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Lock was of opinion, that the execution of this groupe is perfect, but that the conception is not equal to the execution. I shall leave it to others to decide whether Mr. Lock, in these observations, spoke like a man of taste: I am sure he spoke like a father. I have sensibility to feel the beauty and justness of the remark, though I had not the ingenuity to make it.

It is disputed whether this groupe was formed from Vir, gil's description of the death of Laocoon and his sons, or the description made from the groupe ; it is evident, from their minute resemblance, that one or other must have been the case. The poet mentions a circumstance, which could not be represented by the sculptor s he says that, although every other person around sought safety by flight, the father was attacked by the serpents, while he was advaneing to the assistance of his sons

auxilio subeuntem ac tela ferentem.* This deficiency in the sculptor's art would have been finely supplied by the improvement which Mr, Lock

proposed.

Reflecting on the dreadful condition of three persons entangled in the horrid twinings of serpents, and after contemplating the varied anguish so strongly expressed in their countenances, it is a relief to turn the eye to the hea. venly figure of the Apollo. To form an adequate idea of the beauty of this statue, it is absolutely necessary to see it. With all the advantages of colour and life, the human form never appeared so beautiful; and we never can suf, ficiently admire the artist, who has endowed marble with a finer expression of grace, dignity, and understanding, than ever were seen in living features. In the forming of this inimitable figure, the artist seems to have wrought after an ideal form of beauty, superior to any in nature, and which existed only in his own imagination.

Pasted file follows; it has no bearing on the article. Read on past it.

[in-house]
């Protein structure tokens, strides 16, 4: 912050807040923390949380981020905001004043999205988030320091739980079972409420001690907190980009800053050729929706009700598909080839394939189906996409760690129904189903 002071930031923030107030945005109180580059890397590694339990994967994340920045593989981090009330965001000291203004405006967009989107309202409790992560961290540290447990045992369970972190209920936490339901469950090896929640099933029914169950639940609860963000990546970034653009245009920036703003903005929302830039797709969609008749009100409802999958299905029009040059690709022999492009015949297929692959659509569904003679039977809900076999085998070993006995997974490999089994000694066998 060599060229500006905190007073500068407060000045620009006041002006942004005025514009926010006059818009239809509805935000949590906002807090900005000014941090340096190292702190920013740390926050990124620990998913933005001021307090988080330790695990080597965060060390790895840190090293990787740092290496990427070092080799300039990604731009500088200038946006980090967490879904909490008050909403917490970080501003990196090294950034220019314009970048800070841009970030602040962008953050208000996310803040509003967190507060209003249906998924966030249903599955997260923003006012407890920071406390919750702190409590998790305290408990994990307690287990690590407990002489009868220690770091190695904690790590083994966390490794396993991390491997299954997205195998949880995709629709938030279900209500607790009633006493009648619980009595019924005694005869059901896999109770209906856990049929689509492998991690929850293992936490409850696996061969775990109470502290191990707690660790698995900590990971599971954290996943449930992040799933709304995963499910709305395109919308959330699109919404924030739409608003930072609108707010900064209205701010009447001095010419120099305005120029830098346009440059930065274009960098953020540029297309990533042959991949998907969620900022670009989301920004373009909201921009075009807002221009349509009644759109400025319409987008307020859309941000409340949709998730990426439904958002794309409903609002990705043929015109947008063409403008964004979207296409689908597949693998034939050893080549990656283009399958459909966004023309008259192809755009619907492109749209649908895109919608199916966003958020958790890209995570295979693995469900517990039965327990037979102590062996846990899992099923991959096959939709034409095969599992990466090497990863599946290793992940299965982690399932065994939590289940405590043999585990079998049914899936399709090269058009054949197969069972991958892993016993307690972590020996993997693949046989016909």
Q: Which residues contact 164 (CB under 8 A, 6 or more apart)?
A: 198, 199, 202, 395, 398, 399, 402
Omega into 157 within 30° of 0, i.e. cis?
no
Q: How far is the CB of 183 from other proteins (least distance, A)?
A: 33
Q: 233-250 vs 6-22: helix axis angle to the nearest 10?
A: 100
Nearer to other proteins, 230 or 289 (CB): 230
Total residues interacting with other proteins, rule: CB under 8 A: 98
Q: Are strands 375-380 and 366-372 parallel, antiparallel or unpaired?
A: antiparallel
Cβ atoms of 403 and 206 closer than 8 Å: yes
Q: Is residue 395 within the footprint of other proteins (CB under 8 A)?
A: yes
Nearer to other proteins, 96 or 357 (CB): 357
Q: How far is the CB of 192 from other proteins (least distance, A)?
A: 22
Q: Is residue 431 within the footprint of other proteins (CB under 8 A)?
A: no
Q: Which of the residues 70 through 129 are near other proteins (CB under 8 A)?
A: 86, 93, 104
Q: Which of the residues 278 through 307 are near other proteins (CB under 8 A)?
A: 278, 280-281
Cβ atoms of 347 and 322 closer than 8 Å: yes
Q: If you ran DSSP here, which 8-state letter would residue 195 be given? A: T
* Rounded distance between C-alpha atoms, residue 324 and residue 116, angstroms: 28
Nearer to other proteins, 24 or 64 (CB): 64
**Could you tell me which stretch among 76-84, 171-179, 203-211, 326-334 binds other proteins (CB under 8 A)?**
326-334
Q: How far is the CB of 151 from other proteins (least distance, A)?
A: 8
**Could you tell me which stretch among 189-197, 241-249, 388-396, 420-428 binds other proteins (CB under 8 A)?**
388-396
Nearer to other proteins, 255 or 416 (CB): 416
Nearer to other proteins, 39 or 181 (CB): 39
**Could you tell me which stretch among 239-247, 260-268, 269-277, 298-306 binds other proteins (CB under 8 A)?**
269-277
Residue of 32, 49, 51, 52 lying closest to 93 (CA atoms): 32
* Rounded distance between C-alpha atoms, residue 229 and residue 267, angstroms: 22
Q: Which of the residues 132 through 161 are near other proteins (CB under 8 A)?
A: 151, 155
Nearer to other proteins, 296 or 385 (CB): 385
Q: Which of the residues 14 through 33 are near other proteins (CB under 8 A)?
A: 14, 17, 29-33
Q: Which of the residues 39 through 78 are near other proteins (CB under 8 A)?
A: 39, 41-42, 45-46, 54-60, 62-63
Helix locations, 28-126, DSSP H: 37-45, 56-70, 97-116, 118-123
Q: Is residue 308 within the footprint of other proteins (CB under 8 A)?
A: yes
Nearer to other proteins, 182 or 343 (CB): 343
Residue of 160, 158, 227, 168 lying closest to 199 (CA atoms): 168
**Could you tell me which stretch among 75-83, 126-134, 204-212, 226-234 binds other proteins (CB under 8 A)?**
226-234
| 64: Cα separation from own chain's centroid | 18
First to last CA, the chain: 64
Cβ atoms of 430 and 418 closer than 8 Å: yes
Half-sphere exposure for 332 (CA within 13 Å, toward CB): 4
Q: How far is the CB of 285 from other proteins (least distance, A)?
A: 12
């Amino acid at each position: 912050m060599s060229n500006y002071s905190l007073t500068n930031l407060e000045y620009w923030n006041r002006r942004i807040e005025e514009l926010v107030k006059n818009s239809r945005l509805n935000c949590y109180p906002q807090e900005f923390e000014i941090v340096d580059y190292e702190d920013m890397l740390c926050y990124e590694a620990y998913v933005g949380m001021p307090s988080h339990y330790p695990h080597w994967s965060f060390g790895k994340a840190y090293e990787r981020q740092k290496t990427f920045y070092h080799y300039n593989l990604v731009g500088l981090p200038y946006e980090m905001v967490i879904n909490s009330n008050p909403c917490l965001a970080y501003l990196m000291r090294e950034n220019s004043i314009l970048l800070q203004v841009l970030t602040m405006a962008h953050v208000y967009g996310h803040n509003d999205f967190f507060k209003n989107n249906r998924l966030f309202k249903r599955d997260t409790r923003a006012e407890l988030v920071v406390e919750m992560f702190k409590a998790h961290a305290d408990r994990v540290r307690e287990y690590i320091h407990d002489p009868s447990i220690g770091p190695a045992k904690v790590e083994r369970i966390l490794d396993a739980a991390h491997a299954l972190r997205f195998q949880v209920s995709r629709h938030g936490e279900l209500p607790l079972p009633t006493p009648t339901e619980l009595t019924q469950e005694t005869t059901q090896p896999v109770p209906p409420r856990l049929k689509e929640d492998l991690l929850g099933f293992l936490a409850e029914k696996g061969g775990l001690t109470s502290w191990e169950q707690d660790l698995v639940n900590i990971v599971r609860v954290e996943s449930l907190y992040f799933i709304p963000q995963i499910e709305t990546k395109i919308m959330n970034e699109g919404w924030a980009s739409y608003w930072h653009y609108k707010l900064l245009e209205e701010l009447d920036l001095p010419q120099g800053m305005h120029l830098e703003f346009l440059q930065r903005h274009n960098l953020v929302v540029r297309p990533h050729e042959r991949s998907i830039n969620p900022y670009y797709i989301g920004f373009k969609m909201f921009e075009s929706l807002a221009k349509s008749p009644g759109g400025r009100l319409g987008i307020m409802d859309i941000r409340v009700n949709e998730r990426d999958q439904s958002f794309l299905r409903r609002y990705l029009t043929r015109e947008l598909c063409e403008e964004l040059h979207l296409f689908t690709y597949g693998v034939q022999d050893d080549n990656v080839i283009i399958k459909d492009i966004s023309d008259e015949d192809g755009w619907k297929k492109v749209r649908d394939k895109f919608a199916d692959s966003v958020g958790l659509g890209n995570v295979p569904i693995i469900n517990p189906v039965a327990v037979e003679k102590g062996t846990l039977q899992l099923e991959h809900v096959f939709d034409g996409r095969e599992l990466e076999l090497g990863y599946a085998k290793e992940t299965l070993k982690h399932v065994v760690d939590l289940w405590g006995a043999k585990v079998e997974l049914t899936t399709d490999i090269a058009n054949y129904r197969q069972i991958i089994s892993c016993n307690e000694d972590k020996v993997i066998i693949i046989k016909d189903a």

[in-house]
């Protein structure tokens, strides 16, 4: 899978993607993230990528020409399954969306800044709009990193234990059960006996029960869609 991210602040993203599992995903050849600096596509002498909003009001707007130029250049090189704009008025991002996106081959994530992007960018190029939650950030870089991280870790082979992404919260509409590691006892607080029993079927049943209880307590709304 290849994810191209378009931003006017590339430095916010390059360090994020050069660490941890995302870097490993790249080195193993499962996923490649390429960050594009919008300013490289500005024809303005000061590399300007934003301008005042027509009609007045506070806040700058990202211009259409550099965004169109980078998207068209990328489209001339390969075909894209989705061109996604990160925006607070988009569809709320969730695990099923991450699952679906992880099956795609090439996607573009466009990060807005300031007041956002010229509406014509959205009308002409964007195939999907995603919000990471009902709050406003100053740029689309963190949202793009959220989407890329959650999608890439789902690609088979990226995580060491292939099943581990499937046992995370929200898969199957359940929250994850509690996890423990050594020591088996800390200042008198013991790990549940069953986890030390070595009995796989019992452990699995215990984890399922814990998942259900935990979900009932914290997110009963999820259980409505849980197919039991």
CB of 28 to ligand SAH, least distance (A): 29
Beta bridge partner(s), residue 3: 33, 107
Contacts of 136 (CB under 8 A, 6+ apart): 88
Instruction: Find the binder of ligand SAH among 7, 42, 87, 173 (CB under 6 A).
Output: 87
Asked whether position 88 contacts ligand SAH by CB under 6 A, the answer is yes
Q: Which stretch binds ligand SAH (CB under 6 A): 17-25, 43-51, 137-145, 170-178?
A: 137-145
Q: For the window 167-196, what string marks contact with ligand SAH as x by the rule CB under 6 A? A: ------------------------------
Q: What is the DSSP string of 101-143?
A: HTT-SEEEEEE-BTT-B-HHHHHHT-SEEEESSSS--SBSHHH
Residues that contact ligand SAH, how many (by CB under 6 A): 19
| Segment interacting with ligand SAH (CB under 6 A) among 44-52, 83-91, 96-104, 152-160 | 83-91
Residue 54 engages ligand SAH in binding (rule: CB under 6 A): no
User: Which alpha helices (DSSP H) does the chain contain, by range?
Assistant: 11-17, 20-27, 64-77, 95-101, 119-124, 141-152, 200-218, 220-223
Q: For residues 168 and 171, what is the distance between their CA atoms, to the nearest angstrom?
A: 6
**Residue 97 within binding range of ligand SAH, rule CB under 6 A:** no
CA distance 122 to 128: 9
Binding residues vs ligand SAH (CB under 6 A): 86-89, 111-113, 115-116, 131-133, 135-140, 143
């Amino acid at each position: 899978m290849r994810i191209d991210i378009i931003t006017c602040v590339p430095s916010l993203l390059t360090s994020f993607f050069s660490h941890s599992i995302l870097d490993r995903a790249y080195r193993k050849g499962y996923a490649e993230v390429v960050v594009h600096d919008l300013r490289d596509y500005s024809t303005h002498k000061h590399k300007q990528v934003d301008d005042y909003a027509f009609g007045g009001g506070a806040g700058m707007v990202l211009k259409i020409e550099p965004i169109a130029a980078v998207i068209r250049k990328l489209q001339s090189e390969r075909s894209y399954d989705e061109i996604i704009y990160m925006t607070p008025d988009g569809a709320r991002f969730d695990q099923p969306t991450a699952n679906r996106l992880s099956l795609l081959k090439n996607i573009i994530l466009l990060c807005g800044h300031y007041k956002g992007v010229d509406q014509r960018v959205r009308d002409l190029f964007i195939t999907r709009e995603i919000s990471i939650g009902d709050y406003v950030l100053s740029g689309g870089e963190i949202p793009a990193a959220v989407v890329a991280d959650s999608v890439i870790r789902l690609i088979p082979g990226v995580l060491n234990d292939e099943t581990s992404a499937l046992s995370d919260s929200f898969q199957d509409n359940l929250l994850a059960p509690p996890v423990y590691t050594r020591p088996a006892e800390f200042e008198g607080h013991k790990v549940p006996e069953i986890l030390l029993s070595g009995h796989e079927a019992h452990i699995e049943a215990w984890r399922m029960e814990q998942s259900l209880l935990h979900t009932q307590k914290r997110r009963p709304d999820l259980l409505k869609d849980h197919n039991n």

The admired statue of Antinous is in the same court, Nothing can be more light, elegant, and easy; the pro

The wretched father running to their aid,
With pious haste, but vain, they aest invade.

portions are exact, and the execution perfect. It is an exquisite representation of the most beautiful youth that ever lived.

The statue of Apollo represents something superior, and the emotions it excites are all of the sublime cast.

LETTER XLVIII.

Rome Tre present pope, who has assumed the name of Pius VI, is a tall, well-made man, about sixty years of age, but retaining in his look all the freshness of a much earlier period of life. He lays a greater stress on the ceremonious part of religion than his predecessor Ganganelli, in whose reign a great relaxation of church-discipline is thought to have taken place. The late pope was a man of moderation, good sense, and simplicity of manners; and could not go through all the ostentatious parade which his station required, without reluctance, and marks of disgust. He knew that the opinions of mankind had undergone a very great change since those ceremonies were established ; and that some of the most respectable of the spectators considered as perfectly frivolous many things which formerly had been held as sacred. A man of good sense may seem to lay the greatest weight on ceremonies which he himself considers as ridiculous, provided he thinks the people, in whose sight he goes through them, are impressed with a conviction of their importance; but if he knows that some of the beholders are entirely of a different way of thinking, he will be strongly tempted to evince, by some means or other, that he despises the fooleries he performs as much as any of them. This, in all probability, was the case with Ganganelli; who, besides, was an enemy, to fraud and hypocrisy of every kind. B.t, however remiss he may have been with regard to the etiquette of his spiritual functions, every body acknow, ledges his diligence and activity in promoting the tempore